With the new school year starting, back to school jitters in adolescents can be a very normal occurrence. Whether it’s mean teachers, hard academic work, or worries of getting lost in the big school that make your child a little on edge, it doesn’t make for abnormal fears. Even physical symptoms like upset stomachs can be part of the back to school routine. But for some, these worries can build and heading back to school can call for prolonged and problematic anxiety throughout the year in children, and can often times signal something more severe, such as a school phobia.
Even as children with anxiety grow more accustomed to a routine, their teachers, peers and school work, it’s important to remember that these familiar areas can also be the source cause of stress. Signs and symptoms they may show range anywhere from shaking, sweating, tantrums, and avoidance of what is asked of them. For some children, separation anxiety is a problem. Being left by their parents to spend a few hours in an over stimulating environment can be traumatizing to a child.
Anxiety is the most common mental health disorder in the U.S., and while the back to school fear is also common, your child can often show other signs of various anxiety disorders that can affect them and prolong throughout the year such as panic disorder, obsessive compulsive disorder, post traumatic stress disorder and social anxiety. It’s not just fears and worries that can be troubling, depression can also be a factor. The impact of this can result in poor performance and attendance throughout the child’s school year.
For parents, it’s important to pinpoint exactly what your child is struggling with. Are they struggling with their academic work? Do they feel pressure inside the classroom? What about socialization amongst their peers? Many factors can play a big part in how your child reacts to school anxiety throughout the year, but it’s important to take the time to sit down with your child one-on-one and ask them what specifically scares and intimidates them. Assure them that what they’re struggling with does not make them bad, wrong, or crazy – instead, assure them that anxiety is something that a lot of people, even you, struggle with.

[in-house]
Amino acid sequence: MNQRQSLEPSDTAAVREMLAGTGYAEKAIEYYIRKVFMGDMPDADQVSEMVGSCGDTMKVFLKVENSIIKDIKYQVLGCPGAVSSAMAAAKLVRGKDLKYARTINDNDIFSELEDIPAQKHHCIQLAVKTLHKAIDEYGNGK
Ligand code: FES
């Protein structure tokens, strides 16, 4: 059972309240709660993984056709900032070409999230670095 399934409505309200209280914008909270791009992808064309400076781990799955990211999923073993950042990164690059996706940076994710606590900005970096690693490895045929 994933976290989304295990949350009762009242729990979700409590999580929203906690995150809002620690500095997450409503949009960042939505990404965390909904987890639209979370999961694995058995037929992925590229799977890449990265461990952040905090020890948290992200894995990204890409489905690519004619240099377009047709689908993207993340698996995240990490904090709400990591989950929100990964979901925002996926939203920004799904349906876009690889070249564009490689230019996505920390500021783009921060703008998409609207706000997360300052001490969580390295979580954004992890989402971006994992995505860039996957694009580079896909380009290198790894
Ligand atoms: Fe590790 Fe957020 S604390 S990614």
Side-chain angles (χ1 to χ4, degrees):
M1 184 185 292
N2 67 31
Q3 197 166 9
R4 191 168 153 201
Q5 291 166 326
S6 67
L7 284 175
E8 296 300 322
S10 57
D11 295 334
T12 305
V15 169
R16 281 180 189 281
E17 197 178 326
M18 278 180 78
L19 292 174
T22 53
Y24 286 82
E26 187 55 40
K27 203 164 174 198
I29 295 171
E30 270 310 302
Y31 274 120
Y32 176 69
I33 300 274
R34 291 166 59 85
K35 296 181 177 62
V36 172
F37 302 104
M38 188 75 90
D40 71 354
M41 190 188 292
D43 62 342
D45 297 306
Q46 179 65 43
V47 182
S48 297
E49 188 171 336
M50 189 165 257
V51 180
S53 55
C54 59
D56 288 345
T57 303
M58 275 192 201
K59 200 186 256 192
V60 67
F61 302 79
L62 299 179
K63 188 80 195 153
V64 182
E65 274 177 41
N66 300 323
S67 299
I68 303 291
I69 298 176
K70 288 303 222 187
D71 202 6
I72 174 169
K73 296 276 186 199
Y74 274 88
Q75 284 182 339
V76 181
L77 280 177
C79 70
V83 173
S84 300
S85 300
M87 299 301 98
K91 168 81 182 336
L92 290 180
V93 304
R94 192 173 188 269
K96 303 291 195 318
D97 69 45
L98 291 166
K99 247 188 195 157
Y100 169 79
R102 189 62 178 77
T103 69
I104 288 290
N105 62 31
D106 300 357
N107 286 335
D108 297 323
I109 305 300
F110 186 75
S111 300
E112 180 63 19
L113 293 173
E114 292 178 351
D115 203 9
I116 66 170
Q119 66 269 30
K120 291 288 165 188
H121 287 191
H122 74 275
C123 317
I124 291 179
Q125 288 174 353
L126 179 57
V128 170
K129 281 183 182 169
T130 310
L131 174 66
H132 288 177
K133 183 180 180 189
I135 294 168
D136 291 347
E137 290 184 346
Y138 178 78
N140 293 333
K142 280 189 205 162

Often, school systems and mental health professionals are available to assist the child as they learn to understand and cope with their anxiety. If possible, it can be good to discuss arrangements that can be made within the school system to help the child feel less fear and stress.
It is crucial to help the child to understand that what they feel is perfectly okay. Showing your support and encouragement can help your child feel less alone. Having patience is also key. Make plans with them of what could help on more difficult days, such as reading or listening to music before school. Carving out a time to talk about their feelings and practicing relaxing meditative techniques may also help.
Heading back to school can be scary, and school can instill and prolong anxiety throughout the year in anyone – but with the right understanding and acceptance, your child can succeed.
Written by Annie Elizabeth Martin